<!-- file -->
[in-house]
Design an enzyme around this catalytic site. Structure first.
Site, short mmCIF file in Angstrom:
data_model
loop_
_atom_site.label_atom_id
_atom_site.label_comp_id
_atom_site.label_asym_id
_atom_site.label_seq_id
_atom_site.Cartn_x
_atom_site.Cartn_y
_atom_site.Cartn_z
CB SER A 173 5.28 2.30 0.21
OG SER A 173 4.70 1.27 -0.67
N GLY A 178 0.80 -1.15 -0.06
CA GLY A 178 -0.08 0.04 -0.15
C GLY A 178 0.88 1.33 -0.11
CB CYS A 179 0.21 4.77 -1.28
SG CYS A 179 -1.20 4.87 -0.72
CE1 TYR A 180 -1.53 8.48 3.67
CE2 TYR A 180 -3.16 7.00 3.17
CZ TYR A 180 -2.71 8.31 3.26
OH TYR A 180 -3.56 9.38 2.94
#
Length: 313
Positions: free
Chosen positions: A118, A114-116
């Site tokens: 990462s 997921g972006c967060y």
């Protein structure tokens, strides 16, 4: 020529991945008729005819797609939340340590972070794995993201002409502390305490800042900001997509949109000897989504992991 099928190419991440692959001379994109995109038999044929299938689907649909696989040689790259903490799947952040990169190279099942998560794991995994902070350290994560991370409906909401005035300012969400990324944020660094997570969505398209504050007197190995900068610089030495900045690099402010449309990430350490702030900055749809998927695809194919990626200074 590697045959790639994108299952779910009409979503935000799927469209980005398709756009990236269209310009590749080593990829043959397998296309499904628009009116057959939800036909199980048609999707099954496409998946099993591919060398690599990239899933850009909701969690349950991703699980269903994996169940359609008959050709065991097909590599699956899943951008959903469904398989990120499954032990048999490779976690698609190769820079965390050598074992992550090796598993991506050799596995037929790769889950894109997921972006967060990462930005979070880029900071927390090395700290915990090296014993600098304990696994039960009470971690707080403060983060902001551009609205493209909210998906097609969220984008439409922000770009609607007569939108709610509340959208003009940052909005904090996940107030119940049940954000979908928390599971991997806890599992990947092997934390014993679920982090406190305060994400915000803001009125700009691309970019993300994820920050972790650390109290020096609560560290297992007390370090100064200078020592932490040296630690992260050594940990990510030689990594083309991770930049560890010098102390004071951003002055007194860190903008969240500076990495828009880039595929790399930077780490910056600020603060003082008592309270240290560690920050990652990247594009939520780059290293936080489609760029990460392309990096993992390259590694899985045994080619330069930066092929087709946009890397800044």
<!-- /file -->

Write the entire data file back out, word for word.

[in-house]
Design an enzyme around this catalytic site. Structure first.
Site, short mmCIF file in Angstrom:
data_model
loop_
_atom_site.label_atom_id
_atom_site.label_comp_id
_atom_site.label_asym_id
_atom_site.label_seq_id
_atom_site.Cartn_x
_atom_site.Cartn_y
_atom_site.Cartn_z
CB SER A 173 5.28 2.30 0.21
OG SER A 173 4.70 1.27 -0.67
N GLY A 178 0.80 -1.15 -0.06
CA GLY A 178 -0.08 0.04 -0.15
C GLY A 178 0.88 1.33 -0.11
CB CYS A 179 0.21 4.77 -1.28
SG CYS A 179 -1.20 4.87 -0.72
CE1 TYR A 180 -1.53 8.48 3.67
CE2 TYR A 180 -3.16 7.00 3.17
CZ TYR A 180 -2.71 8.31 3.26
OH TYR A 180 -3.56 9.38 2.94
#
Length: 313
Positions: free
Chosen positions: A118, A114-116
């Site tokens: 990462s 997921g972006c967060y």
């Protein structure tokens, strides 16, 4: 020529991945008729005819797609939340340590972070794995993201002409502390305490800042900001997509949109000897989504992991 099928190419991440692959001379994109995109038999044929299938689907649909696989040689790259903490799947952040990169190279099942998560794991995994902070350290994560991370409906909401005035300012969400990324944020660094997570969505398209504050007197190995900068610089030495900045690099402010449309990430350490702030900055749809998927695809194919990626200074 590697045959790639994108299952779910009409979503935000799927469209980005398709756009990236269209310009590749080593990829043959397998296309499904628009009116057959939800036909199980048609999707099954496409998946099993591919060398690599990239899933850009909701969690349950991703699980269903994996169940359609008959050709065991097909590599699956899943951008959903469904398989990120499954032990048999490779976690698609190769820079965390050598074992992550090796598993991506050799596995037929790769889950894109997921972006967060990462930005979070880029900071927390090395700290915990090296014993600098304990696994039960009470971690707080403060983060902001551009609205493209909210998906097609969220984008439409922000770009609607007569939108709610509340959208003009940052909005904090996940107030119940049940954000979908928390599971991997806890599992990947092997934390014993679920982090406190305060994400915000803001009125700009691309970019993300994820920050972790650390109290020096609560560290297992007390370090100064200078020592932490040296630690992260050594940990990510030689990594083309991770930049560890010098102390004071951003002055007194860190903008969240500076990495828009880039595929790399930077780490910056600020603060003082008592309270240290560690920050990652990247594009939520780059290293936080489609760029990460392309990096993992390259590694899985045994080619330069930066092929087709946009890397800044």